Sortase A Inhibitors
Inhibitors of sortase should be useful for the characterization of this fascinating enzyme. However, can such inhibitors affect the outcome of human or animal infection with S. aureus? If virulence studies with srtA mutants provide a correlate for the contribution of sortase A to disease, we can be hopeful that inhibitors of the sortase reaction may display therapeutic effects. Moreover, as sortase is a universal virulence factor of gram-positive pathogens, compounds that inhibit the enzyme's activity could constitute antimicrobial agents for the treatment of many diseases, such as enterococcal and pneumococcal infections. Until such specific sortase inhibitors have been isolated and tested, it is impossible to say whether this anti-infective strategy will be inferior or equal to that of conventional antibiotic therapy. Certainly, there is no precedent for use of clinically relevant anti-infectives, i.e., inhibitors of bacterial virulence factors, as a therapeutic strategy for human infectious diseases. These thoughts should not distract us from the pressing need for the development of new therapeutic agents, as staphylococci have developed mechanisms of resistance to all known antibiotics, including methicillin and vancomycin (14).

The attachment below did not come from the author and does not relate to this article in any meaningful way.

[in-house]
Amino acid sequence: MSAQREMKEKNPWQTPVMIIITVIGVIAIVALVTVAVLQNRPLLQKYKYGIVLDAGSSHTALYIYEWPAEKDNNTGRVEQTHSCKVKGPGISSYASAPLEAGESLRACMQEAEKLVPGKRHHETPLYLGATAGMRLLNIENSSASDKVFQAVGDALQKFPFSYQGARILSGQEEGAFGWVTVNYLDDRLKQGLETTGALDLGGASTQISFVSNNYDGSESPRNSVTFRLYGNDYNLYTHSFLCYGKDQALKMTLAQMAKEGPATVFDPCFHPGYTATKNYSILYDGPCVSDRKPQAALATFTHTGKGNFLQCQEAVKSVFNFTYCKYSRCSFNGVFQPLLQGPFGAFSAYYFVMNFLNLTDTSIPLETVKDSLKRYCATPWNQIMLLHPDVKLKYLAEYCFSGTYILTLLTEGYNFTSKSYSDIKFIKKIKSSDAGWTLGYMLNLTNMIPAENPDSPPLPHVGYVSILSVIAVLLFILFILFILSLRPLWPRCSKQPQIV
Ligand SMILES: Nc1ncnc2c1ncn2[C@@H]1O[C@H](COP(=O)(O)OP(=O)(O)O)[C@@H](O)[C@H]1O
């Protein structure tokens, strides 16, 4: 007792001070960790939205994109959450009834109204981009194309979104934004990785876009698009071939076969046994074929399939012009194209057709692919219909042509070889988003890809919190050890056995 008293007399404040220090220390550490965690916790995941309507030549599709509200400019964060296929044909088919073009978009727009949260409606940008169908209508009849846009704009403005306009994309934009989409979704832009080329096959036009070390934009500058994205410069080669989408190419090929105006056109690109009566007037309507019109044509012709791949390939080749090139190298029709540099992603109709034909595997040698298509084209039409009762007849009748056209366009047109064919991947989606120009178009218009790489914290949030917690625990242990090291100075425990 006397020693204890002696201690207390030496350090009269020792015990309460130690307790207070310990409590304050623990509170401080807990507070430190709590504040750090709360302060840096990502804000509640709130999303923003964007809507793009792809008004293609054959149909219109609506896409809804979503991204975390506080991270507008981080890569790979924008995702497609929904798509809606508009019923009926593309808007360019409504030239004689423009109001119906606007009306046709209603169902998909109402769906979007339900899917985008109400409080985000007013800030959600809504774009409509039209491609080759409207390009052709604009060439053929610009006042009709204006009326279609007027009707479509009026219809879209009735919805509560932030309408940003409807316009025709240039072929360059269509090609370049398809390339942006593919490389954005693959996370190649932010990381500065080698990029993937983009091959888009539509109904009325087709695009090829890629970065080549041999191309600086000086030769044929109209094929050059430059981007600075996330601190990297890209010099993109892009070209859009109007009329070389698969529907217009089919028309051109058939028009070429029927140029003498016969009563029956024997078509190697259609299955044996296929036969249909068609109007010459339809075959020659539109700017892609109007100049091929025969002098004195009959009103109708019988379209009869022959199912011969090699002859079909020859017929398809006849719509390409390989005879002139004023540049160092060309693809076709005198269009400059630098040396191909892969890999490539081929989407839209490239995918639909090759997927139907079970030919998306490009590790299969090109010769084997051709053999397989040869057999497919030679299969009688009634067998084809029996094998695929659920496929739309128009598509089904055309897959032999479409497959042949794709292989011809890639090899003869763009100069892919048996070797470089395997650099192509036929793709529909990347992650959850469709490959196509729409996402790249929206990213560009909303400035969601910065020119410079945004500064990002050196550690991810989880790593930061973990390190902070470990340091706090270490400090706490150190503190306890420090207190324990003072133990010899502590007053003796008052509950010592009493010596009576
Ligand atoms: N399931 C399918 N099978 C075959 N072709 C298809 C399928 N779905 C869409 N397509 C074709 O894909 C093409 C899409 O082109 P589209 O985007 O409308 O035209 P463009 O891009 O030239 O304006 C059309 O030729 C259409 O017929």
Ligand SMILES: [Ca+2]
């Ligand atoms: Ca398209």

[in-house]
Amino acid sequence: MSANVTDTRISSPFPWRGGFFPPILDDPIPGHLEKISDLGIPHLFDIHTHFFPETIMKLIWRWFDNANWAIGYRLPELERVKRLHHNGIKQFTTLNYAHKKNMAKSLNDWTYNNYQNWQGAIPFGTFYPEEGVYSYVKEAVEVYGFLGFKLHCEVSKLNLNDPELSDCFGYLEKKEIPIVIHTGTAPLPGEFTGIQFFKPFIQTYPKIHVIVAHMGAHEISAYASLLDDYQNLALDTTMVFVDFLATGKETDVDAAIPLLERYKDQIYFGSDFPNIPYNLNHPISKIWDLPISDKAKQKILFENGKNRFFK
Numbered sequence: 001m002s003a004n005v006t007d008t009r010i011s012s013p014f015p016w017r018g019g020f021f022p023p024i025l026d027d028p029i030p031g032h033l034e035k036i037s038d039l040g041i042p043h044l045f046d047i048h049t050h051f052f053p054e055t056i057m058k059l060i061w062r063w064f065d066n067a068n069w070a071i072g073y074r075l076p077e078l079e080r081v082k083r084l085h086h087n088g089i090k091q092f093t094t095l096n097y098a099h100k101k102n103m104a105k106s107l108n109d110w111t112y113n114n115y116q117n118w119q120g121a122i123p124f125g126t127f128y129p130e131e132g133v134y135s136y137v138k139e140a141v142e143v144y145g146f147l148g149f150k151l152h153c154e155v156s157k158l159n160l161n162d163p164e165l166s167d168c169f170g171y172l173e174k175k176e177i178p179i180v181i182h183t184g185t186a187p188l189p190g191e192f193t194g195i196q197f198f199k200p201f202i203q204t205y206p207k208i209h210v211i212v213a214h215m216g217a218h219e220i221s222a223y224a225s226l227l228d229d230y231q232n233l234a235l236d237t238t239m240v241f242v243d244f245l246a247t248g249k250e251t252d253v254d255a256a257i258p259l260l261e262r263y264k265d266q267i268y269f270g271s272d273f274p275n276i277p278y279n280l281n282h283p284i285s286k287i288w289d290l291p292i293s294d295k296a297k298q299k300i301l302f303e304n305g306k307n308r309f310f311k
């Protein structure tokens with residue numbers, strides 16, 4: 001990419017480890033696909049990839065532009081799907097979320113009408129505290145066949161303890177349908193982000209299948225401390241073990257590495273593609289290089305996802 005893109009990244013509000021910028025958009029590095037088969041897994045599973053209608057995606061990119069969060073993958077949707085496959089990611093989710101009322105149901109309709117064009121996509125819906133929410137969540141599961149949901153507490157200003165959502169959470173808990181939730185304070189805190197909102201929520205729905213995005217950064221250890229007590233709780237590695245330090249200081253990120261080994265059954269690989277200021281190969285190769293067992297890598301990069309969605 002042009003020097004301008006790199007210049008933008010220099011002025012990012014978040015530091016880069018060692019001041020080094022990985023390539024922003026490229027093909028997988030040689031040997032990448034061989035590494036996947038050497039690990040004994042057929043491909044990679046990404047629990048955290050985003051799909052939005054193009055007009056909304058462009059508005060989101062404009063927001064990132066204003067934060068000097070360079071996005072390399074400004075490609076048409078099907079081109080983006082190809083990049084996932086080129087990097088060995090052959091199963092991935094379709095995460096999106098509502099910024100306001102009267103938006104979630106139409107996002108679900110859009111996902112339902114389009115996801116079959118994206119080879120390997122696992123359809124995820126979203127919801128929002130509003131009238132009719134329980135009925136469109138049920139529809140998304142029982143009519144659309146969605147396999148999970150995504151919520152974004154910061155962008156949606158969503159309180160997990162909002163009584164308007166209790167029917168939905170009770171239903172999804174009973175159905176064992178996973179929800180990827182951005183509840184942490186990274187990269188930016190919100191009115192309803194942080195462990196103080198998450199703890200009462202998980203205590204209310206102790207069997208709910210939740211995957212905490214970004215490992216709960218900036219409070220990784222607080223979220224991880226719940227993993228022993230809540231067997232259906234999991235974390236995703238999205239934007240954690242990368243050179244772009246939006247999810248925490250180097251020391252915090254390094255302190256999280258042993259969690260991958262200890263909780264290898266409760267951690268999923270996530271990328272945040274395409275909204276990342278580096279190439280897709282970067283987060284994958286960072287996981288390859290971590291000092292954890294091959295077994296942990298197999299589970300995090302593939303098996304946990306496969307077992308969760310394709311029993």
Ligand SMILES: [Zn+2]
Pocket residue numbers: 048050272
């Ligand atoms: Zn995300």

The first search for sortase inhibitors occurred even before the enzyme was identified (202). Methane-thiosulfonates such as MTSET and (2-sulfonatoethyl)methane-thiosulfonate inhibit sortase in vivo and in vitro, with MTSET achieving complete inhibition. The mercurial p-hydroxymercuribenzoic acid could also inhibit sortase. All of these compounds react with the catalytic Cys184 and prevent formation of acyl intermediates. In contrast, sulfhydryl alkylating agents such as iodoacetamide, N-ethylmaleimide, or iodoacetic acid do not inhibit sortase. While these reagents proved useful to elucidate the catalytic mechanism of the enzyme, nondiscriminate interactions of thiol-reactive molecules renders these compounds useless for therapeutic studies because of their associated toxicity in mammalian organisms.